Culture

Fern Champion On Fighting For Sexual Violence Survivors: ‘I Do Have Control Of My Story’

Fern Champion was raped while travelling, and later denied access to trauma therapy back in the UK due to government cuts to women's services. Fern started a hugely successful online petition to raise awareness – and found herself meeting ministers at 10 Downing Street two months later. Here, she tells her story.

By Natalie Cornish

Culture

Fern Champion was raped while travelling, and later denied access to trauma therapy back in the UK due to government cuts to women's services. Fern started a hugely successful online petition to raise awareness – and found herself meeting ministers at 10 Downing Street two months later. Here, she tells her story.

By Natalie Cornish

“I didn’t know what was going to happen [when I started the petition]. I was working with [charity] End Violence Against Women, so I knew I had their support and there was a potential for it to get somewhere. I remember that moment when I announced I was launching this, and then I remember being told, ‘Fern it’s already at 50,000 signatures’ having only gone up a few hours before. My brain just stopped in that moment. It’s a huge moment of, ‘Wow, this is happening’.

“I do look at the comments [on the petition] and the number of people commenting, saying ‘rape and sexual assault happened to me and I couldn’t get support and, in some cases, I still can’t get support’. It speaks to so many different people on so many different levels. Something like this has been needed for such a long time.

“I think #MeToo gave this a platform and it gave women the confidence to speak out. But also I think we need to not forget our history so quickly. #MeToo wasn’t new… It’s been happening for years and years and people have been trying to get their stories heard. We do women before us a huge disservice by [forgetting] this.

Image credit: Jez Smith

“The first time I discussed my story very publicly was on the BBC – and it really wasn’t great. When I look back I wish I’d had a bit more guidance and a bit more sheltering. It all happened so, so quickly. I have been screaming out into the void since March, 2018, because I was unable to access help and support that I felt like I really needed. I met with my MP, I was emailing any kind of organisation I could find explaining my story to see what I could do about it – just screaming out ‘this is shit’ and then eventually I had a breakdown.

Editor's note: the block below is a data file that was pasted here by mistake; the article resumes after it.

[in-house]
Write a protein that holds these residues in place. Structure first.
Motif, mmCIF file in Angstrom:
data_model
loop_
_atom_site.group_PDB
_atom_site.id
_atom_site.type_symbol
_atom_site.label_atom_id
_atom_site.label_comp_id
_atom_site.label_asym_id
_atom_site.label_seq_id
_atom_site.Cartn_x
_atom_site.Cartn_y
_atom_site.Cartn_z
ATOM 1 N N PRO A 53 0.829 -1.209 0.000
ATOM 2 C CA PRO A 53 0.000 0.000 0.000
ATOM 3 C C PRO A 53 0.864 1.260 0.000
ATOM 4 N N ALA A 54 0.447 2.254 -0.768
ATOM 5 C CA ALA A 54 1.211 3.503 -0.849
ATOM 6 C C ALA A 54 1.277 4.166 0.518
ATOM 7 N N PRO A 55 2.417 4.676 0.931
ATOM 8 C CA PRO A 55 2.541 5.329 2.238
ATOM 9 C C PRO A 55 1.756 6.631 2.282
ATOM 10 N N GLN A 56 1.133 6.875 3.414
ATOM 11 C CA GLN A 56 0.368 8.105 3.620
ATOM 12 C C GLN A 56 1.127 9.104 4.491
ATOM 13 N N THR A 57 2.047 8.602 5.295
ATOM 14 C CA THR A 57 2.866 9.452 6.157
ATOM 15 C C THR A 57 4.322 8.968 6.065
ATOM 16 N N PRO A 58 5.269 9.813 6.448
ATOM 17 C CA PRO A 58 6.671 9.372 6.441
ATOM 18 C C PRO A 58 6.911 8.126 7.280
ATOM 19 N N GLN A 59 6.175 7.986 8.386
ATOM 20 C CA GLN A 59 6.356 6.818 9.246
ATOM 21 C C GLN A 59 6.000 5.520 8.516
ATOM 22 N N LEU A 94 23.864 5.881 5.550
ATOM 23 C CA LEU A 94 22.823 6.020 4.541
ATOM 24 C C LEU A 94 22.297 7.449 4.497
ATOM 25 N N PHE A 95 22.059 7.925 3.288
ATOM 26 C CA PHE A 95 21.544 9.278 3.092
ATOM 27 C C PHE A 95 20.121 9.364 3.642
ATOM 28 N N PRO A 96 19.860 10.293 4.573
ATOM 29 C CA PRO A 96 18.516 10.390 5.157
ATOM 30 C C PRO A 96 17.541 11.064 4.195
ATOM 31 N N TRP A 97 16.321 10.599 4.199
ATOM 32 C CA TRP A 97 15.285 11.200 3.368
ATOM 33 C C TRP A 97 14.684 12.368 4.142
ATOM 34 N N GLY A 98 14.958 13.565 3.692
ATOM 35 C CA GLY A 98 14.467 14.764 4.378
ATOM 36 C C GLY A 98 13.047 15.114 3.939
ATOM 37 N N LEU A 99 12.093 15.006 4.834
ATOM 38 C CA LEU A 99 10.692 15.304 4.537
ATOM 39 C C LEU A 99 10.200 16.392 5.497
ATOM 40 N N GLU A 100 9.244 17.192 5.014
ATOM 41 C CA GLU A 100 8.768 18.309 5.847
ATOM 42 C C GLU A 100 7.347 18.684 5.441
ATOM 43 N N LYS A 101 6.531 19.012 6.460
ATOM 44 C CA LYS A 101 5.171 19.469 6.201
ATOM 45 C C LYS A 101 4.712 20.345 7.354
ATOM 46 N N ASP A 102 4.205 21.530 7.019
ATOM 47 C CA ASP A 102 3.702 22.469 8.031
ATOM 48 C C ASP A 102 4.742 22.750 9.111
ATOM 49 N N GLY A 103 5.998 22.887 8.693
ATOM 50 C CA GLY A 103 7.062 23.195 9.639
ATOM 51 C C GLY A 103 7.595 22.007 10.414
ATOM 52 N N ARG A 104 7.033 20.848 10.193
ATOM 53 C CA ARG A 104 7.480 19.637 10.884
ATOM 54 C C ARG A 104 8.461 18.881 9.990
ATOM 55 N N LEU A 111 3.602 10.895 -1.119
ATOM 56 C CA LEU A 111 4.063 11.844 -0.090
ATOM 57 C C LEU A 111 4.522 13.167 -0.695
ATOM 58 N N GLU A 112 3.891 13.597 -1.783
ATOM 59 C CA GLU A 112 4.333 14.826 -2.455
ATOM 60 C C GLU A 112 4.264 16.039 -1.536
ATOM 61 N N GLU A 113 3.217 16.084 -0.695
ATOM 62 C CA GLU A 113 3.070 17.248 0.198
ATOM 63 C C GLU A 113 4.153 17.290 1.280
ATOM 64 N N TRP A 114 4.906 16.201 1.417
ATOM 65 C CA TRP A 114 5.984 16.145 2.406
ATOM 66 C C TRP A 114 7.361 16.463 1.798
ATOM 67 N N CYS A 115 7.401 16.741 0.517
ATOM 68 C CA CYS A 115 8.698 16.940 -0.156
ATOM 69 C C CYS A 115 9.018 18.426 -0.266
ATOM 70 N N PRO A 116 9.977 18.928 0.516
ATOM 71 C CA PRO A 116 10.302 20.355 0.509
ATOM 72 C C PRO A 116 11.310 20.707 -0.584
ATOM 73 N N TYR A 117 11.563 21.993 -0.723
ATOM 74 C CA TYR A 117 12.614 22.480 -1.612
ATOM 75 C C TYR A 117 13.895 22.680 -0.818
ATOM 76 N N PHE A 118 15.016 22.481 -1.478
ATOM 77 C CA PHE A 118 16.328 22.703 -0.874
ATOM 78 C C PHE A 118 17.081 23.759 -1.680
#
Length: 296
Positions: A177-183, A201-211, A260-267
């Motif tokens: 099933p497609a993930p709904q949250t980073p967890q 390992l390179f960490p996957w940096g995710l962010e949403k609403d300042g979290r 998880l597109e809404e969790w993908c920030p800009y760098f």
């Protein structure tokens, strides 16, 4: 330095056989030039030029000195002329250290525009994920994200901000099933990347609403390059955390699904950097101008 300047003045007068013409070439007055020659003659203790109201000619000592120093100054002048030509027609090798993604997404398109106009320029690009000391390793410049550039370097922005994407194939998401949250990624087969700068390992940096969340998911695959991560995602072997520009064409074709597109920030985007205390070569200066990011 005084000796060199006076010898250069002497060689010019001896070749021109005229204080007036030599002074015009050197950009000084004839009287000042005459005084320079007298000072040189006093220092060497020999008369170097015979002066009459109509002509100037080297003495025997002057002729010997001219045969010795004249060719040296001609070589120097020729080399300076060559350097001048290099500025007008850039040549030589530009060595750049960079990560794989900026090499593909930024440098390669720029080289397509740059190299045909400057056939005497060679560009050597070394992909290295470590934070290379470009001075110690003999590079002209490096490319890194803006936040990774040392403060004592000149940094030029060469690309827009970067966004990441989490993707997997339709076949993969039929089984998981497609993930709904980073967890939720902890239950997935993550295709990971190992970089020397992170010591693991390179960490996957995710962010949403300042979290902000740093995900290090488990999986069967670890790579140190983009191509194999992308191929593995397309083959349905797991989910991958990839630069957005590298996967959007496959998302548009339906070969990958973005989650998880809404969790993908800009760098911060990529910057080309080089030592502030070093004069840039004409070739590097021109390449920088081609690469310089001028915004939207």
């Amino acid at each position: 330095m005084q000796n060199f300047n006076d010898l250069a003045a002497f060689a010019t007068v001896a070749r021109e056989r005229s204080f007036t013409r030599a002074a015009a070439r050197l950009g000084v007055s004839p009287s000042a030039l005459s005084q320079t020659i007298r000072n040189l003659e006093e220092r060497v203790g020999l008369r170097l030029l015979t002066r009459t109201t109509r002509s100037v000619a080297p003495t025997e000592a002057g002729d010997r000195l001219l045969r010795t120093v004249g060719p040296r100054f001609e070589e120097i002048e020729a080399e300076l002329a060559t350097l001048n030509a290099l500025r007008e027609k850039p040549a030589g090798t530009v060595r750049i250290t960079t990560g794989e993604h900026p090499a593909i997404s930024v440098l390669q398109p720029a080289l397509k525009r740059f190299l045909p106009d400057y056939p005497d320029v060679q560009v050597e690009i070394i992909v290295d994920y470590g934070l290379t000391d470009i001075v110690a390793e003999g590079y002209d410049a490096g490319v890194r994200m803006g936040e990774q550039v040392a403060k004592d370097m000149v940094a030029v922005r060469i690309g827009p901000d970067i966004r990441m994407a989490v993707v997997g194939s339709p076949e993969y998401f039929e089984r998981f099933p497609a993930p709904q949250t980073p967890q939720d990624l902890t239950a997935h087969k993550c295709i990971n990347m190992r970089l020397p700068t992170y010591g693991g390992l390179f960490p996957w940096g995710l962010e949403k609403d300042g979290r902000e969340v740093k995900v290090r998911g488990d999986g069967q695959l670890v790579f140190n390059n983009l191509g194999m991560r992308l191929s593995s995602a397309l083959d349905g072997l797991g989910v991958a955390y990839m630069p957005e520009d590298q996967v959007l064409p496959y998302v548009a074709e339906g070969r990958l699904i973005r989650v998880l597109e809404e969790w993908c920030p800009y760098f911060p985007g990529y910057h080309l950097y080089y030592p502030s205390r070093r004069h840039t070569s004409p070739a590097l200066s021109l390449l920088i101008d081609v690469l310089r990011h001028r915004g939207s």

“That’s when my employer stepped in and massively helped me by sorting me out with private therapy and everything else just fell into place. Women’s charities got in touch to see if we could work together. I gave evidence in parliament about this through them. It all happened so quickly, I finally got support and suddenly I was flung out there. At the time I thought, ‘this is good, this is what I want to do, I want to use my story for good, I want something to come from all of this’. I felt obligated to do it because I’m one of the lucky ones who got help. I ran with it.

“I went to parliament and then went on the BBC, but when I was there I blurted it all out and I didn’t need to. I didn’t need to give as much information as I did and it was so damaging for me. I think maybe I thought it was from a position of some kind of ownership and empowerment, but there were still people out there who were going to use my story to hurt me. All I say now is, ‘a man raped me.’ It was such a powerful moment for me, I do have control of my story. My mental health has definitely peaked and troughed since the petition launched. It’s very easy to detach myself from it, and I’ve learned that I have to, to live my life.

“I don’t want this to die down. I want to keep it in people’s minds, and keep the pressure on the government for them to act on it. Now I have boundaries in place, I’m better equipped.”

Finding Your Voice is a special photographic series highlighting female activism. You can find out more about Fern’s campaign here and follow her @fernemily93

If this article brings up any issues for you, or if you need to speak to someone, please call 1800 RESPECT (1800 737 732), the national sexual assault, domestic and family violence counselling service.